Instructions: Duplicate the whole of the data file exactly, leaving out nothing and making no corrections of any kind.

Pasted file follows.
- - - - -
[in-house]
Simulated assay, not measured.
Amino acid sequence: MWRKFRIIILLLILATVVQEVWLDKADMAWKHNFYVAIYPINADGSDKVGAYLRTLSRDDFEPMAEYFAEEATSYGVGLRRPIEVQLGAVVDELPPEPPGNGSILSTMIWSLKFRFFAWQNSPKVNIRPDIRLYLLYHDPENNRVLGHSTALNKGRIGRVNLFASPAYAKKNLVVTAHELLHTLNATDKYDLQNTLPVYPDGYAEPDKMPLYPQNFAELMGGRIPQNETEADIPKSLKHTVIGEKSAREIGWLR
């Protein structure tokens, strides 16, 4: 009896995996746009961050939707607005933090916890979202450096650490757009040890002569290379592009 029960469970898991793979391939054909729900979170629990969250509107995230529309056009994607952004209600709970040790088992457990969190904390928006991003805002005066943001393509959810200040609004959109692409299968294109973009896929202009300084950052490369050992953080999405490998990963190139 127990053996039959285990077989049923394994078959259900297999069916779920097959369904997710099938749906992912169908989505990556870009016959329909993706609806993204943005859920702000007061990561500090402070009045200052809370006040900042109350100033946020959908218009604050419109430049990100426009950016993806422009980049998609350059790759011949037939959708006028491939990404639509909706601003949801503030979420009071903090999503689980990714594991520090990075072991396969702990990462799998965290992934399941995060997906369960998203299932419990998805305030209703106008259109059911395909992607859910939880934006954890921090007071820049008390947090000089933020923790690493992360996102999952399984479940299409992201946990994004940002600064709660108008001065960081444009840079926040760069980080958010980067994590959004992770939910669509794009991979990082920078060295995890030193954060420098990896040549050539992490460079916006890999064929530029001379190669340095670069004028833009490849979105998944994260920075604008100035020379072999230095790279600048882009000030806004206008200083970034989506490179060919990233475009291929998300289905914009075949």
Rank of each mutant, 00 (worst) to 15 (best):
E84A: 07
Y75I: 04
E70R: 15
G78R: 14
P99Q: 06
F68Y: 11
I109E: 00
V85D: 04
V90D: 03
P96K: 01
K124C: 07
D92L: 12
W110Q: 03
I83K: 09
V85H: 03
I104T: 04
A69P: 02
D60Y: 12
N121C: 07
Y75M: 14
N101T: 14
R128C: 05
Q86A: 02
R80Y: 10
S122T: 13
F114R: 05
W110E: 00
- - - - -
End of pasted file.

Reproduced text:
[in-house]
Simulated assay, not measured.
Amino acid sequence: MWRKFRIIILLLILATVVQEVWLDKADMAWKHNFYVAIYPINADGSDKVGAYLRTLSRDDFEPMAEYFAEEATSYGVGLRRPIEVQLGAVVDELPPEPPGNGSILSTMIWSLKFRFFAWQNSPKVNIRPDIRLYLLYHDPENNRVLGHSTALNKGRIGRVNLFASPAYAKKNLVVTAHELLHTLNATDKYDLQNTLPVYPDGYAEPDKMPLYPQNFAELMGGRIPQNETEADIPKSLKHTVIGEKSAREIGWLR
């Protein structure tokens, strides 16, 4: 009896995996746009961050939707607005933090916890979202450096650490757009040890002569290379592009 029960469970898991793979391939054909729900979170629990969250509107995230529309056009994607952004209600709970040790088992457990969190904390928006991003805002005066943001393509959810200040609004959109692409299968294109973009896929202009300084950052490369050992953080999405490998990963190139 127990053996039959285990077989049923394994078959259900297999069916779920097959369904997710099938749906992912169908989505990556870009016959329909993706609806993204943005859920702000007061990561500090402070009045200052809370006040900042109350100033946020959908218009604050419109430049990100426009950016993806422009980049998609350059790759011949037939959708006028491939990404639509909706601003949801503030979420009071903090999503689980990714594991520090990075072991396969702990990462799998965290992934399941995060997906369960998203299932419990998805305030209703106008259109059911395909992607859910939880934006954890921090007071820049008390947090000089933020923790690493992360996102999952399984479940299409992201946990994004940002600064709660108008001065960081444009840079926040760069980080958010980067994590959004992770939910669509794009991979990082920078060295995890030193954060420098990896040549050539992490460079916006890999064929530029001379190669340095670069004028833009490849979105998944994260920075604008100035020379072999230095790279600048882009000030806004206008200083970034989506490179060919990233475009291929998300289905914009075949």
Rank of each mutant, 00 (worst) to 15 (best):
E84A: 07
Y75I: 04
E70R: 15
G78R: 14
P99Q: 06
F68Y: 11
I109E: 00
V85D: 04
V90D: 03
P96K: 01
K124C: 07
D92L: 12
W110Q: 03
I83K: 09
V85H: 03
I104T: 04
A69P: 02
D60Y: 12
N121C: 07
Y75M: 14
N101T: 14
R128C: 05
Q86A: 02
R80Y: 10
S122T: 13
F114R: 05
W110E: 00